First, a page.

Role models of greatness.
Here you will discover the back stories of kings, titans of industry, stellar athletes, giants of the entertainment field, scientists, politicians, artists and heroes – all of them gay or bisexual men. If their lives can serve as role models to young men who have been bullied or taught to think less of themselves for their sexual orientation, all the better. The sexual orientation of those featured here did not stand in the way of their achievements.
Friday, May 5, 2017
Out and gay Alex Morse (at left, photo by Rob Deza) is the newly-elected 22-year-old mayor of Holyoke, Massachusetts, but CBS did not mention his sexual orientation on their Sunday news segment on Morse. That issue simply wasn't an issue in this campaign, according to The New Civil Rights Movement, a website dedicated to gay rights topics, especially same-sex marriage.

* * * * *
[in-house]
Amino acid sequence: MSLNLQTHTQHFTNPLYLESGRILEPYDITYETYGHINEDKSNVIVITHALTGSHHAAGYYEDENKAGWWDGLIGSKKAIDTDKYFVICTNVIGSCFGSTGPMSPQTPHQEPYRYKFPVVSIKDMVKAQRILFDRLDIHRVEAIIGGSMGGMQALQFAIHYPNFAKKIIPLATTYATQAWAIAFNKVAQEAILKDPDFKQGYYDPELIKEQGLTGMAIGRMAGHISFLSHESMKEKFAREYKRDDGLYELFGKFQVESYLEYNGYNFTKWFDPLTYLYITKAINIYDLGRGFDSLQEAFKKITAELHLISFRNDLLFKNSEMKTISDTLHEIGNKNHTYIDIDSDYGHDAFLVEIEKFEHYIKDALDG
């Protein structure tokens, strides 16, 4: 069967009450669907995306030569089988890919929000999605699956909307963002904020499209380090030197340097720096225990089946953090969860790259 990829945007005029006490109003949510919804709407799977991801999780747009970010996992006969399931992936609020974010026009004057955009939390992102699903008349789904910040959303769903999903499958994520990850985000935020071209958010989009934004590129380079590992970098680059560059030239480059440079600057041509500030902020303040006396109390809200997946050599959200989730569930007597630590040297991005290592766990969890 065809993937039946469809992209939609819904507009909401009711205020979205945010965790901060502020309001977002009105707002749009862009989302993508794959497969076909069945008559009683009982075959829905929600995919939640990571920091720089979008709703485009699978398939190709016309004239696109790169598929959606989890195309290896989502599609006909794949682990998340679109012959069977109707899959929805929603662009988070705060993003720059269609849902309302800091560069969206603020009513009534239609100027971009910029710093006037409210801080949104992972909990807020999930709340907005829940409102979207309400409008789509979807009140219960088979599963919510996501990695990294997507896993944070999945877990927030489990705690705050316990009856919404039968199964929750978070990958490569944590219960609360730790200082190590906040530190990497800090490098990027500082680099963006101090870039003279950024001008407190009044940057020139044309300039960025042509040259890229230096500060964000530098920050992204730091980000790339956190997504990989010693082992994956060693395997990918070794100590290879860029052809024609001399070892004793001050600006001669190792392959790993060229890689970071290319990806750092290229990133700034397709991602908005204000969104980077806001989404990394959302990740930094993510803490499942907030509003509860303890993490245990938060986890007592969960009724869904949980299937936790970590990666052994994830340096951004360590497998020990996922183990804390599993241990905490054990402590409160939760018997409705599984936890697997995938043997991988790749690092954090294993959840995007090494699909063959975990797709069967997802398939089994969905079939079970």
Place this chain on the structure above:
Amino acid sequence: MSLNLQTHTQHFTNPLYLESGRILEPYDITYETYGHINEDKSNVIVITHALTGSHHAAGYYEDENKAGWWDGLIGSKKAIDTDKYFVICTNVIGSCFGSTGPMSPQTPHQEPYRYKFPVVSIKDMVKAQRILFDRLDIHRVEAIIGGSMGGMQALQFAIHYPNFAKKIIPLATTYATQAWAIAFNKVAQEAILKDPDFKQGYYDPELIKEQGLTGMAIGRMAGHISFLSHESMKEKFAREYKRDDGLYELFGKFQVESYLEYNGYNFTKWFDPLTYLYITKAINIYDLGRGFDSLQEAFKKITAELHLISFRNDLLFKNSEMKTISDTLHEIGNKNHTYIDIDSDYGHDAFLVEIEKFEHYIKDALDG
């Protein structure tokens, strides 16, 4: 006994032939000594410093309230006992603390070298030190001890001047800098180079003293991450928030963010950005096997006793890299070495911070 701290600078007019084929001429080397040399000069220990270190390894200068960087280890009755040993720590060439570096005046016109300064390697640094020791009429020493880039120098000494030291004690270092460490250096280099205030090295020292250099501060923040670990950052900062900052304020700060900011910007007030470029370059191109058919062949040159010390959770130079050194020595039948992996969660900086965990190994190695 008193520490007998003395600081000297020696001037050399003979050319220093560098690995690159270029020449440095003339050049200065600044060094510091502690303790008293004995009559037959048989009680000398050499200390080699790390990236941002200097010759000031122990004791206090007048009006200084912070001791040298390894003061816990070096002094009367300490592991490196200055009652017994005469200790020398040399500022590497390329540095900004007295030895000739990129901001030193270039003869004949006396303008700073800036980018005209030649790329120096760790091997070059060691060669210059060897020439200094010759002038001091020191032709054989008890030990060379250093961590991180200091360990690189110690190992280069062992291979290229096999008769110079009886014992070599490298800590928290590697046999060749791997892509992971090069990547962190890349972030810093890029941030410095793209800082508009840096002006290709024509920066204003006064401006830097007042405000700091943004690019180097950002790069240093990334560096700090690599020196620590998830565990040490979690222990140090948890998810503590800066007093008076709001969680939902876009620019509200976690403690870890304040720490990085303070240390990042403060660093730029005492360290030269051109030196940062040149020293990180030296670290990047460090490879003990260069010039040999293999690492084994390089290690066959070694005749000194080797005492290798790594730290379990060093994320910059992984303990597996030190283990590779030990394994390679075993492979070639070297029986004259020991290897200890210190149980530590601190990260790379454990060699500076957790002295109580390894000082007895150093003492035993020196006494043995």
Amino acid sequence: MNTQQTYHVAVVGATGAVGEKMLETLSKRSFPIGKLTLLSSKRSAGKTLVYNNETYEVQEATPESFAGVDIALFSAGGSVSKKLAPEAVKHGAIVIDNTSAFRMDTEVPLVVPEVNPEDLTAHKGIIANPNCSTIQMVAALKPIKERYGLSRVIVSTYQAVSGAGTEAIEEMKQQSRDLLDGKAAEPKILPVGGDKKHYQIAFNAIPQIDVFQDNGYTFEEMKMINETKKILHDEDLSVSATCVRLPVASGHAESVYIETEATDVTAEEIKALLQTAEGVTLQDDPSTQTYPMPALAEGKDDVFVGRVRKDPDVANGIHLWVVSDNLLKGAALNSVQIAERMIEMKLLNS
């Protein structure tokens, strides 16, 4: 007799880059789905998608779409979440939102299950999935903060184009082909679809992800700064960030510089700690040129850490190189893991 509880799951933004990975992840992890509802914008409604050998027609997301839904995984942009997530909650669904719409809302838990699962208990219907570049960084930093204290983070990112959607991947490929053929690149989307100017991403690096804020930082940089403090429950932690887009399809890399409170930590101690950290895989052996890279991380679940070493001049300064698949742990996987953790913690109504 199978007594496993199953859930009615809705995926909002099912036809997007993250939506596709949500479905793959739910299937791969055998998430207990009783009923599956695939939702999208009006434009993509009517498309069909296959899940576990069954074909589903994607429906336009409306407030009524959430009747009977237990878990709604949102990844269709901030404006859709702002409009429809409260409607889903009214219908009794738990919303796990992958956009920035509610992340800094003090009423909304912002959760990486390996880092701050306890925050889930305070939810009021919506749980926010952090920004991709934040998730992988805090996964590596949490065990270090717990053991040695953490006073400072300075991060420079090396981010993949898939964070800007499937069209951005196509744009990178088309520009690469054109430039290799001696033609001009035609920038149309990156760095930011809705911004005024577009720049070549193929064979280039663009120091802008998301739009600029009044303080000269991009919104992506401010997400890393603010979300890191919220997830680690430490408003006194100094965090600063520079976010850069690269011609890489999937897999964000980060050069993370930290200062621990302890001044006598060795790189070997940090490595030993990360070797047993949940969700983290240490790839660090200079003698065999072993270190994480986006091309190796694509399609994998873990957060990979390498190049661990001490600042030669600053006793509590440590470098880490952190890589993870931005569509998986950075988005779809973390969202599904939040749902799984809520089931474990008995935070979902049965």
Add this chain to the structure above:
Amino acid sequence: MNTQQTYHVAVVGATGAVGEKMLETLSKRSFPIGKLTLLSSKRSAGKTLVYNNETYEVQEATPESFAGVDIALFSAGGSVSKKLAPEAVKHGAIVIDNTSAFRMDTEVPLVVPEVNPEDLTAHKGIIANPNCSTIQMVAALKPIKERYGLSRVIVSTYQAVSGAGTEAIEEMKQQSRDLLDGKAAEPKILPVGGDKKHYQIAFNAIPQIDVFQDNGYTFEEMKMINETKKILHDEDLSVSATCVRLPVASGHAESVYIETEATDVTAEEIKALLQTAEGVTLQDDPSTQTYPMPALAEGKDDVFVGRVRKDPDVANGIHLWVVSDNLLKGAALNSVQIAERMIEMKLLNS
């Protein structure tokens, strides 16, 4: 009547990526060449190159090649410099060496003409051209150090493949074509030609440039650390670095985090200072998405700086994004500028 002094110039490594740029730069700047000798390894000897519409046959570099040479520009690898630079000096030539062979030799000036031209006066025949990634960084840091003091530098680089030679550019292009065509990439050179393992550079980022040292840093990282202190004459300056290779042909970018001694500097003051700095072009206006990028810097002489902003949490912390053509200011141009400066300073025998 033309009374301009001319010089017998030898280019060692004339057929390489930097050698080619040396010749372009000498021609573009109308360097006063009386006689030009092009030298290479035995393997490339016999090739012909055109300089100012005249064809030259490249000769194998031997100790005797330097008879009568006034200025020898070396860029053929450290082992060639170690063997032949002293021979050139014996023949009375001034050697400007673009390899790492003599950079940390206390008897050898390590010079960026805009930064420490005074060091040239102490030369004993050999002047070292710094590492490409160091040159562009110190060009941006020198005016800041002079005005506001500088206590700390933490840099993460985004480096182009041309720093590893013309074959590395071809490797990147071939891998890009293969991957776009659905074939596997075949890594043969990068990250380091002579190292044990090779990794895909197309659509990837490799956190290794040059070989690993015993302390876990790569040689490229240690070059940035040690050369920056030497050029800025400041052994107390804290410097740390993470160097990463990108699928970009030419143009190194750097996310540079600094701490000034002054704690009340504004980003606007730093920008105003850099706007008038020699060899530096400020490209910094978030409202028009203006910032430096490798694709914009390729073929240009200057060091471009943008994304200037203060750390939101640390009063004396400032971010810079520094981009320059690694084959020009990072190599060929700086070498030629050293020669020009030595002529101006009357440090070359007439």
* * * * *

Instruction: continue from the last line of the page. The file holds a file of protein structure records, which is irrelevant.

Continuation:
"He is gay. He is out. He has worked for the cause. He just won a stunner of a political victory, and as hard as this is to conceptualize, being gay was not a complicating factor in his campaign," writes Jean Ann Esselink in an article titled "On Our Radar – Mayor-Elect Alex Morse" that was posted Sunday on the website.
The 2½-minute CBS news segment included some hardscrabble images of the heavily Hispanic city, where a third of residents live below the poverty line and unemployment hovers around 11 percent. Morse, who takes office in January, says he's looking forward to managing a city with a $120 million budget and nearly 40,000 residents.
But the optimism of Morse – a recent Brown University graduate who launched a mayoral bid while still attending the Ivy League school – shines through. He played up the city's bright spots, including a high-tech office park expected to serve as a magnet for new jobs and plans to renovate the old Victory Theater.
"One of the most satisfying things to do in life is to do what others tell you you cannot do, and I think that's what we did throughout this campaign," Morse says in the CBS interview. "Never once did I listen to folks who said, 'You're too young, you haven't paid your dues.'"
Morse, a political neophyte who won 53 percent of the vote in last Tuesday's election, unseated incumbent mayor Elaine A. Pluta, a longtime public servant and Holyoke's first woman mayor.